Doctor Biehl

Arthritis

spine_arthritis

Osteoarthritis (OA)

Doctor Biehl has been treating arthritis for years. Osteoarthritis is the most common form of arthritis and a leading cause of disability worldwide. OA affects more women than men and is more common in older age groups. In OA, the cartilage covering the bone ends gradually wears away. In many cases, bone growths called "spurs" can develop in osteoarthritic joints. The joint inflammation causes pain and swelling. Continued use of the joint produces pain. It is often more painful in weightbearing joints such as the knee, hip, and spine than in the wrist, elbow, and shoulder joints. All joints may be more affected if they are used extensively in work or sports, or if they have been damaged from fractures or other injuries. There are several differences between an OA joint and an aging joint. The water content of cartilage in an aging joint does not change significantly. In a joint with OA, the water content increases early in the disease process. The biological changes in the cell that occur with OA cause physical, chemical and other changes that are not seen in the aging joint. OA causes changes in the bone below cartilage (subchondral bone) that do not occur in an aging joint. It's still not clear whether OA is a single disease or many disorders with a similar final outcome. Osteoarthritis in all its various forms appears to have a strong genetic connection. There are other risk factors as well that can increase a person's risk of developing OA. These include:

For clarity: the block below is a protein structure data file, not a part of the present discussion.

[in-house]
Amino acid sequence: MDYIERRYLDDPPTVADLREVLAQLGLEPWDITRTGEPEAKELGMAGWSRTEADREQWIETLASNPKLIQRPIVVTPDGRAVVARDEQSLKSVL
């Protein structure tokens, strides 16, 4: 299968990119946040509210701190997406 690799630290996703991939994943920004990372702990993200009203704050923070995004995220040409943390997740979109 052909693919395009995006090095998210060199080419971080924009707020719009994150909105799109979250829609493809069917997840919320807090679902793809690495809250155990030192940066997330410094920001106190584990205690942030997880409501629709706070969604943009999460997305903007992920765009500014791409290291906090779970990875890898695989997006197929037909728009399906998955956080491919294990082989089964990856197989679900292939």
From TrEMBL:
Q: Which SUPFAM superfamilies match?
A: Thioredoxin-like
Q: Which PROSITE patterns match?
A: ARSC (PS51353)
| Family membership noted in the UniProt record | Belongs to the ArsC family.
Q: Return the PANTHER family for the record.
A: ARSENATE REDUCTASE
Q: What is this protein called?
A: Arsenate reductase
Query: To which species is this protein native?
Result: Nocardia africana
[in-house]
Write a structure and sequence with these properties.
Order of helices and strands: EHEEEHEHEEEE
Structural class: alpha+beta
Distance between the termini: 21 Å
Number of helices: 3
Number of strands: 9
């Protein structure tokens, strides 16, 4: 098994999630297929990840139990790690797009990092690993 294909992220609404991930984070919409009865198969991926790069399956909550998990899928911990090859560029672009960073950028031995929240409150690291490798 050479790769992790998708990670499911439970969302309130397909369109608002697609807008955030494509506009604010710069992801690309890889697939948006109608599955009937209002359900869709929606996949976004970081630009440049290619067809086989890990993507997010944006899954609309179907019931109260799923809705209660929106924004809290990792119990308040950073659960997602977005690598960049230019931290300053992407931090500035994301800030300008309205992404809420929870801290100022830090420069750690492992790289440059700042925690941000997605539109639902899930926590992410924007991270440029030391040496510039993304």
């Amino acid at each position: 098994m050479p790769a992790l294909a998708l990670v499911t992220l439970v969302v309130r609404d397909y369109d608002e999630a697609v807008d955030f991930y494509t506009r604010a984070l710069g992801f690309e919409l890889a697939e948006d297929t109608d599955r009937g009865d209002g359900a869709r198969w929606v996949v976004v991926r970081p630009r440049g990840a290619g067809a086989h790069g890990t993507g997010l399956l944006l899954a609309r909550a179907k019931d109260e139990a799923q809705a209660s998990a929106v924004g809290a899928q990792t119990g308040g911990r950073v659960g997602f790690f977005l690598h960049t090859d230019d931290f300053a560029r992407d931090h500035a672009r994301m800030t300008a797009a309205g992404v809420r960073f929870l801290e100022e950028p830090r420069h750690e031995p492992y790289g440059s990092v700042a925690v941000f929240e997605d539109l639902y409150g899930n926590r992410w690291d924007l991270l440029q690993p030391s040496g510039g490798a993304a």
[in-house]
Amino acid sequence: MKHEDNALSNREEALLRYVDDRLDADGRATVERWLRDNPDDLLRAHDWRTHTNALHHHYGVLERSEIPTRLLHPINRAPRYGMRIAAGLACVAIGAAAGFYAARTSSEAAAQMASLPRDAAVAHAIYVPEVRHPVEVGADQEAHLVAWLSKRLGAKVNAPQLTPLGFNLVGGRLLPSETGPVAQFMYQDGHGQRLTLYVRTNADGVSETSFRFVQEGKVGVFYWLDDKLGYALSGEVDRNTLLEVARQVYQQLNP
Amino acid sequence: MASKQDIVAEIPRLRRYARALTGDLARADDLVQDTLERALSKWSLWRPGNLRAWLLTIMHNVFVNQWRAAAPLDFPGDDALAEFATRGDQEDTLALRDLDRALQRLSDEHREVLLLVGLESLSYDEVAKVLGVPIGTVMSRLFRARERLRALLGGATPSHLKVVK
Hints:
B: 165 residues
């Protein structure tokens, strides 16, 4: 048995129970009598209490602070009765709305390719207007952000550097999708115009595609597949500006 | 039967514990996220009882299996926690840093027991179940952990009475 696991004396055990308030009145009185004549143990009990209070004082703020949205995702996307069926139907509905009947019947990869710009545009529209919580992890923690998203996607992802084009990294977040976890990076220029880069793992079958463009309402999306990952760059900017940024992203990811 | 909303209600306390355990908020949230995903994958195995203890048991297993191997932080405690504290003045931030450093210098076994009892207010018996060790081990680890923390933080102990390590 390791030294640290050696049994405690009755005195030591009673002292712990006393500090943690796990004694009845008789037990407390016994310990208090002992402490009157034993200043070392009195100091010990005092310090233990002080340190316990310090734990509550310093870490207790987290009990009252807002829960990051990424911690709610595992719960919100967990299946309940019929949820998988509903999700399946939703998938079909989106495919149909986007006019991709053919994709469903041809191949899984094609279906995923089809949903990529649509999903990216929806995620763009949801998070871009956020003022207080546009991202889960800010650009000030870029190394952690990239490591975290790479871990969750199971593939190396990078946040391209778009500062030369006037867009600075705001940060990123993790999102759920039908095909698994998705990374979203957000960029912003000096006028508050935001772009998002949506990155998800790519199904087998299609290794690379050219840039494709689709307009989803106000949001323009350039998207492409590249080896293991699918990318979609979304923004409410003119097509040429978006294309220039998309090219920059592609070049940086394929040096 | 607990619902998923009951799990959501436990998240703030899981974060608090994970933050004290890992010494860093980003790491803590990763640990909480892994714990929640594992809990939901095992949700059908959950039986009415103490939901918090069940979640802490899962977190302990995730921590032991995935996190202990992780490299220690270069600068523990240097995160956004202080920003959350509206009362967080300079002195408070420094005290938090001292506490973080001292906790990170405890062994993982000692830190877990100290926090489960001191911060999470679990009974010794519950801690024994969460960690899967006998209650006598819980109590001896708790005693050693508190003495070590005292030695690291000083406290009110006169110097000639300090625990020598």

1) Obesity. Generally, the more weight a person carries, the greater the pressure on weight-bearing joints of the body.
2) Aging. As people age, cartilage normally is less able to repair itself.
3) Nutrition. Calcium and vitamins C and D are needed to build strong bones. Investigators are researching whether an insufficiency of these vitamins may contribute to developing OA in later life..
4) Injury or deformity in a joint. There is an increased risk of developing OA in a joint that is not properly aligned or one that has been injured.
5) Occupational factors. Repetitive tasks, overworking the joints and overtiring muscles that protect a joint increase the risk for OA in that joint.


Rheumatoid Arthritis

rheumatoid_handsRheumatoid arthritis is a long-lasting disease that can affect many parts of the body, including the joints. In rheumatoid arthritis, the joint lining swells, invading surrounding tissues, and producing chemical substances that attack and destroy the joint surface. This commonly occurs in joints in the hands and feet. Larger joints such as hips, knees, and elbows also may be involved. Swelling, pain, and stiffness are usually present even when the joint is not used. Rheumatoid arthritis can affect people of all ages, even children. However, more than 70 percent of people with this disease are over 30 years old. Many joints of the body may be involved at the same time.

How is athritis diagnosed?